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Scientists Measure Gravity Change From Earthquake 99

Science Daily is reporting that scientists were able to use satellite data to watch changes in the Earth's surface caused by a massive earthquake. These changes had two major measurable effects on the region. The massive uplift in the seafloor changed GPS measurements, and the density of the rock beneath the seafloor changed which produced a detectable change in gravity.
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Scientists Measure Gravity Change From Earthquake

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  • by Anonymous Coward on Sunday August 06, 2006 @05:20PM (#15856377)
    Sorry to burst your bubble, but I think you mean a local gravity decrease. Why use one cement block when you could use a million? Take it to the limit! When you step on the cement block(s), you're moved farther away from the center of the earth. The effects of gravity decrease with the square of the distances involved. And I think you can agree that the mass of a million cement blocks will not change the center of mass of the Earth enough to compensate.
  • Re:Top-notch editing (Score:2, Informative)

    by mailman-zero ( 730254 ) on Sunday August 06, 2006 @05:41PM (#15856419) Homepage

    Brought to you by the Department of Redundancy Department...

    Detecting "major" quakes - those measuring a magnitude of 7 to 8.9 - which occur frequently is being investigated. NASA's planned extension of the current mission, dubbed GRACE 2, and its enhanced instrumentation should aid in that effort.

    However, Han is hopeful that NASA's planned expansion of the current mission, dubbed GRACE 2, and its enhanced instrumentation, might allow the detection of "major" quakes - those measuring a magnitude 7 to 8.9 - which occur frequently.

    Perhaps it was an intentional use of Chiasmus [wikipedia.org] with the intention of intensifying or bringing greater attention to an important point.

  • by imsabbel ( 611519 ) on Sunday August 06, 2006 @06:07PM (#15856479)
    The effect is well in line with the natural distribution of the local gravity constant.
    Meaning it should be in the 0.01 m/s^2 range.

    For the simple reason that if it were anymore, the earth would deform to counter that imbalance (molten core, you know).
    That, btw, also limits the height of mountains to about 10-12Km on earth (compare to mars, where to lower gravity constant allowed much larger volcanos)
  • by munpfazy ( 694689 ) on Sunday August 06, 2006 @06:07PM (#15856480)
    So anyone out there have an idea of the magnitude of the change. Will athletes gain a boost there by training in a higher gravity environment? What are the effects of the lower gravity environment or is it so insignificant that who cares.

    The full paper as well as a very nice layman's introduction in the Perspectives section is in this month's issue of Science. (Sorry - subscription only. But you may be able to find the text on a preprint server. I'm no geologist, but I haven't been able to find it in any of the obvious places.)

    Basically, they map out a change of 15 microgals (1 gal = 1 cm/s^2) or around 1.5e-8 of the average gravitational field on the earth.

    By comparison, the variation in g with latitude (at constant elevation) is around 0.5 percent, or 300'000 times as much. Variation associated with local geology is around 100 times smaller, but still swamps this earthquake signal.

    What's cool about this measurement isn't that they're measuring something big enough to have any effect on humans, but rather that they're able to measure such a tiny effect at all.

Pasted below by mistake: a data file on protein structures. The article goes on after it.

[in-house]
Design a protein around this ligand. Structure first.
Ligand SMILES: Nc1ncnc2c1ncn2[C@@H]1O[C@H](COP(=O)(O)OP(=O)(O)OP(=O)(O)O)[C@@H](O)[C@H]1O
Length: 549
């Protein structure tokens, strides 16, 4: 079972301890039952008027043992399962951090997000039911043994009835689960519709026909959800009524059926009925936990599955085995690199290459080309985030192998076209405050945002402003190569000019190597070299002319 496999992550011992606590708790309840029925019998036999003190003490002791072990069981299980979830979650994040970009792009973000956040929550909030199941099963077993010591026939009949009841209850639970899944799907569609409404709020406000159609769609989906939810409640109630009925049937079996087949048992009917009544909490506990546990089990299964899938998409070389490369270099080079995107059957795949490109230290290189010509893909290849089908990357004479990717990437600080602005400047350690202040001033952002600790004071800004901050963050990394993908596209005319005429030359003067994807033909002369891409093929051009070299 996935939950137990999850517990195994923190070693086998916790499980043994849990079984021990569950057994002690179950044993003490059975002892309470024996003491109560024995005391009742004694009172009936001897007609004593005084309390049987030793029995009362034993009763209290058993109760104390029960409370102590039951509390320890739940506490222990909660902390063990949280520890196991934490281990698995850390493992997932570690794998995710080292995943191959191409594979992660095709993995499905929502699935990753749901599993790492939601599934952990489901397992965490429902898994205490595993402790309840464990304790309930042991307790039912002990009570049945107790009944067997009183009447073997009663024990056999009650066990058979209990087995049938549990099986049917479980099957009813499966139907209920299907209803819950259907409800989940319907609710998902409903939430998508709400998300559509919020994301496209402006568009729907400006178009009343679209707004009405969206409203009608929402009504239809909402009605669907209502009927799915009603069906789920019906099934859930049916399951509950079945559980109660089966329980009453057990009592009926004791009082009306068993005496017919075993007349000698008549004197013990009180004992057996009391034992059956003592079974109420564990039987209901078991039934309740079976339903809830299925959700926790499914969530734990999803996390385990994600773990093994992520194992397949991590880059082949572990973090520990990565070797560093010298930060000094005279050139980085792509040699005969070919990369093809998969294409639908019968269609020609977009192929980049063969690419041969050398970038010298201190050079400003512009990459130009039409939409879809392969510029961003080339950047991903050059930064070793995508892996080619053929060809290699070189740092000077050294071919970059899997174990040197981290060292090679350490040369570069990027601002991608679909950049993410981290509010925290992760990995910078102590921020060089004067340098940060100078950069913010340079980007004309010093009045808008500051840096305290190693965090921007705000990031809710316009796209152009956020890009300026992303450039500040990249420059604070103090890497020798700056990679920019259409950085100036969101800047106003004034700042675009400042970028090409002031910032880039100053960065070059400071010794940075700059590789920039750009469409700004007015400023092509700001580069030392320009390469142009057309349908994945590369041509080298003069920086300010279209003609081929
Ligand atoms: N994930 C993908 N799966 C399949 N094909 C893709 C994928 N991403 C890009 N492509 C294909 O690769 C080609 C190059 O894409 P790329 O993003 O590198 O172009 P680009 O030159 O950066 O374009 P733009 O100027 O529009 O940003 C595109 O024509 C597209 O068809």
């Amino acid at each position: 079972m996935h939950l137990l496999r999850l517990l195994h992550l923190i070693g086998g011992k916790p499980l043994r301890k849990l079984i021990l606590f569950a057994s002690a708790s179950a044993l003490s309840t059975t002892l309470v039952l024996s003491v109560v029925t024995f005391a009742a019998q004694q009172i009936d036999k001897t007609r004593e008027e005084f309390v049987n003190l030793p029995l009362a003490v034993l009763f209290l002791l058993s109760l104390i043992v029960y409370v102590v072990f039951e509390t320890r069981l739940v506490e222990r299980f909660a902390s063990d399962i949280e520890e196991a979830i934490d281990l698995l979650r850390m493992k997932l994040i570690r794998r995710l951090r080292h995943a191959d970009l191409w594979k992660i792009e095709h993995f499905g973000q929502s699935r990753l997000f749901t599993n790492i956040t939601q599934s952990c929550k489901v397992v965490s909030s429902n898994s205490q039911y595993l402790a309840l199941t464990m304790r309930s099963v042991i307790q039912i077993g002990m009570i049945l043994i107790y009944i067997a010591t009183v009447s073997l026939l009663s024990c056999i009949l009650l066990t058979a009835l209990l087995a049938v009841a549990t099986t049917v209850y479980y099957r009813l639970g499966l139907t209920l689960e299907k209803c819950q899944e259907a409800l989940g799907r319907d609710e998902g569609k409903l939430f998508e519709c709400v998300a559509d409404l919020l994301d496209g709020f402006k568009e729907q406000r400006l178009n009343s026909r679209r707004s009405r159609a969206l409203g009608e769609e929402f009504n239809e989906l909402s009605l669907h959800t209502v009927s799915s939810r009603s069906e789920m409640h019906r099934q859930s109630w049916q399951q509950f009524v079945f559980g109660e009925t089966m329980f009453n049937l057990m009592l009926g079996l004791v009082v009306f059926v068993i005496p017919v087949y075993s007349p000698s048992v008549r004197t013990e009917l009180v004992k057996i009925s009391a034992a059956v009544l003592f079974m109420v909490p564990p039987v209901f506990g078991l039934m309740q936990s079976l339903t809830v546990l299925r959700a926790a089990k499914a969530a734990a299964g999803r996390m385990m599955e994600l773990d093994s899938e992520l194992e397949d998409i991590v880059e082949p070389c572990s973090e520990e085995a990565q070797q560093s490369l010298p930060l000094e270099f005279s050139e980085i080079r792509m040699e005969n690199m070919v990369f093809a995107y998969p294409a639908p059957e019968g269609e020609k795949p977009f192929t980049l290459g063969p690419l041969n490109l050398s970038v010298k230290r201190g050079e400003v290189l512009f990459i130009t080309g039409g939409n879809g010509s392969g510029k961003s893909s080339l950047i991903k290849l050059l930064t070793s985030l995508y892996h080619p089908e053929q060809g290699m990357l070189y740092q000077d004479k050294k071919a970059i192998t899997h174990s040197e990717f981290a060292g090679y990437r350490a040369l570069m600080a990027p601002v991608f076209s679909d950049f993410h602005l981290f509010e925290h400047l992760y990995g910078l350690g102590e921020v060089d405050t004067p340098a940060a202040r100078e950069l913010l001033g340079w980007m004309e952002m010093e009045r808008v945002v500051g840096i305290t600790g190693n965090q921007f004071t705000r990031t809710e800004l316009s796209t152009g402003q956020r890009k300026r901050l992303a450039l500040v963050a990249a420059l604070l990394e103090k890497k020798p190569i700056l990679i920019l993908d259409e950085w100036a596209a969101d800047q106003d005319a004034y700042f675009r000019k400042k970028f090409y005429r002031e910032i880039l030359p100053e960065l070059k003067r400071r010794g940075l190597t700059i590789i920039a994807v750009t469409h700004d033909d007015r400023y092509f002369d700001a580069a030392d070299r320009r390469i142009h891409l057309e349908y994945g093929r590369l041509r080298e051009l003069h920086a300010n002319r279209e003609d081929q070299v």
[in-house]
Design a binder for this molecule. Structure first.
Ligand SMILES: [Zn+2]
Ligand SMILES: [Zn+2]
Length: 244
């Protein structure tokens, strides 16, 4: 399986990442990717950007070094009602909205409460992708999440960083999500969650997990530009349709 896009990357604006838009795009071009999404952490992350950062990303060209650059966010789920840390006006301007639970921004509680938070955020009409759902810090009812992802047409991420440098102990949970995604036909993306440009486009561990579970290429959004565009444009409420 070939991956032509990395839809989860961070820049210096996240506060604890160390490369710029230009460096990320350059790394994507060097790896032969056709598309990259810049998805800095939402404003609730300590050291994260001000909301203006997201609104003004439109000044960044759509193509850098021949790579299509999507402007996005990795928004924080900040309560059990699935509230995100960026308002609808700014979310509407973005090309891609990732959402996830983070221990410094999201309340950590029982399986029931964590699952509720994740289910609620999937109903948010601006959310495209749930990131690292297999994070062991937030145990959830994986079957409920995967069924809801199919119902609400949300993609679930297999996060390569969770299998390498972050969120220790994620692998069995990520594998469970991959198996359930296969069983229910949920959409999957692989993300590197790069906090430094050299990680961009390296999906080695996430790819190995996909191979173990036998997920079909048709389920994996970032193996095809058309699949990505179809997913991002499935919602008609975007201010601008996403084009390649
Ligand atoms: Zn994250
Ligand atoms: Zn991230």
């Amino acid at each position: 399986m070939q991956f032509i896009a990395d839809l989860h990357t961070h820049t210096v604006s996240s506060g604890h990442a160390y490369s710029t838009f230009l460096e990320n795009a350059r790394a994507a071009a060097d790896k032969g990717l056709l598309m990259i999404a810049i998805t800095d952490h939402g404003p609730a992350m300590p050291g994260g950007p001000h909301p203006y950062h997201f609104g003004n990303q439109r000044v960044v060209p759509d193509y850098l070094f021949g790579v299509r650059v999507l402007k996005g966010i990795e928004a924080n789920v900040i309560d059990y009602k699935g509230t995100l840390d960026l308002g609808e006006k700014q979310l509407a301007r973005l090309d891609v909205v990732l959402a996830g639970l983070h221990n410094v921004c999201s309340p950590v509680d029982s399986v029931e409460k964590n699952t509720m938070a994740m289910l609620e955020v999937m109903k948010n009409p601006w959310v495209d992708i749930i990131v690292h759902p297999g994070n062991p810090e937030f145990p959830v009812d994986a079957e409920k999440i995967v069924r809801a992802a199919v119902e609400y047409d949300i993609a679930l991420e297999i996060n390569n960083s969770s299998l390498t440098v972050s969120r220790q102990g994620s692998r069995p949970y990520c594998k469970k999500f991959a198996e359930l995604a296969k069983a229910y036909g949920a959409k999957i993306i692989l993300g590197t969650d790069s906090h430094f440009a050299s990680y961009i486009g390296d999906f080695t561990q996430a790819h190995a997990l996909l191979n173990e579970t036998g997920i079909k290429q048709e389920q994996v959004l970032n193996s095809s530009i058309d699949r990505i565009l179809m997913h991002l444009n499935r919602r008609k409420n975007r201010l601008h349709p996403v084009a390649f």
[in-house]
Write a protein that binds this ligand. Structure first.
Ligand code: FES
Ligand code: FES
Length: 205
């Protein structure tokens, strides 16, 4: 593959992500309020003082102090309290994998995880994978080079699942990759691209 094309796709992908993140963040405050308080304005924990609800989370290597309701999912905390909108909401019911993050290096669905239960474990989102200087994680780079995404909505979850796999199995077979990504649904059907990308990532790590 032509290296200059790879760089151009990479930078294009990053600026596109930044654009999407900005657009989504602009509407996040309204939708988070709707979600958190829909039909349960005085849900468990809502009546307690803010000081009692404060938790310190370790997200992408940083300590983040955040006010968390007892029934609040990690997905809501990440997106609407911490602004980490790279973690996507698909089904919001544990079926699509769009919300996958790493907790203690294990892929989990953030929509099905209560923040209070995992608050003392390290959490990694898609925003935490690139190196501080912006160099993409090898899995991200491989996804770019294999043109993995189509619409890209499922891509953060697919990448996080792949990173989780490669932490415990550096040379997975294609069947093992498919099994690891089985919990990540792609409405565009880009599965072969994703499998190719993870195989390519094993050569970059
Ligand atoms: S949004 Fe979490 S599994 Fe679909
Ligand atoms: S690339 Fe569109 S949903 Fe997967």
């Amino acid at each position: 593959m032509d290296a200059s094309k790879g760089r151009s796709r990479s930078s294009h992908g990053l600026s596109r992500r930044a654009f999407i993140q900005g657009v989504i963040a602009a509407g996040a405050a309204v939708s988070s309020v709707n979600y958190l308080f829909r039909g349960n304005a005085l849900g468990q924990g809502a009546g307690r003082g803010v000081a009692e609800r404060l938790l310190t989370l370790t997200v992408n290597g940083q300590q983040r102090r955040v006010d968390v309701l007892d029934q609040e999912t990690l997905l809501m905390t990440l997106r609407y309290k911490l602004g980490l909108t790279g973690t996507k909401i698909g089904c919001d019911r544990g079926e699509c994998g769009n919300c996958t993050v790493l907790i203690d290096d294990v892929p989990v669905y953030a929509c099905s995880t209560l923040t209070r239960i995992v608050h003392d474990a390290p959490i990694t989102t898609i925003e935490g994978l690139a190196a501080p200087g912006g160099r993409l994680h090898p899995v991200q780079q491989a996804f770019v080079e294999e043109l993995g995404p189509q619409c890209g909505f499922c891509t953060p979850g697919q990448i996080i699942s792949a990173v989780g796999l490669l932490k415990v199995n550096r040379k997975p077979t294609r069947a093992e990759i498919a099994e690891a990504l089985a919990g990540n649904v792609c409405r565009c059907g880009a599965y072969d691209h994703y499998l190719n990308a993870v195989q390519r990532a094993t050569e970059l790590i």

There are all sorts of processes going on in the earth and in the oceans that involve movements of comparable amounts of mass: changes in glacier and polar icecaps, ocean-atmosphere gas exchange, deep sea current and temperature changes, movement and depletion of underground water, fast moving magma associated with volcanos, slow tectonic changes, etc. And now it seems like it's also helpful in trying to construct detailed models of an earthquake.

    Incidentally, if you were an athlete trying to cash in on lower gravity, you'd be better off training in the Chilean highlands and competing in Puerto Rico - but it still wouldn't help you much, especially compared to biological effects and day to day variation in performance. (http://www.csr.utexas.edu/grace/publications/fact _sheet/3.html)

  • by mesri ( 993588 ) on Sunday August 06, 2006 @06:13PM (#15856503)

    When you get a position fix from the GPS system, you are combining the information from several satellites, each of which is transmitting a signal of the form, "My name is GPS _X_, I sent this message at time _Y_ from the approximate location _Z_" A GPS receiver triangulates a position by calculating the distance to several satellites, using Center-Of-Earth coordinates.

    It's true that your position is calculated relative to the satellites, but in order for the satellite to know where it was when it sent the message, there has to be pretty accurate data about its precise orbit, which depends intimately on the shape and mass distribution of the earth ("Geosynchronous" is only approximate), so that the final location in Latitude.-Longitude.-Altitude can be given relative to the center of the earth. A big quake could certainly shift things around enough to alter the orbit, which is probably what these researchers were talking about.

    On the other hand, for the purposes of surveying on earth, its certainly conceivable that one could define property lines in relation to the locations of particular GPS antennae, fixed into bedrock or something, and that if those moved, things would be all kerflooey. But that's not new to GPS surveying, since its always been done relative to the location of particular fixed monuments. :)

Statistics are no substitute for judgement. -- Henry Clay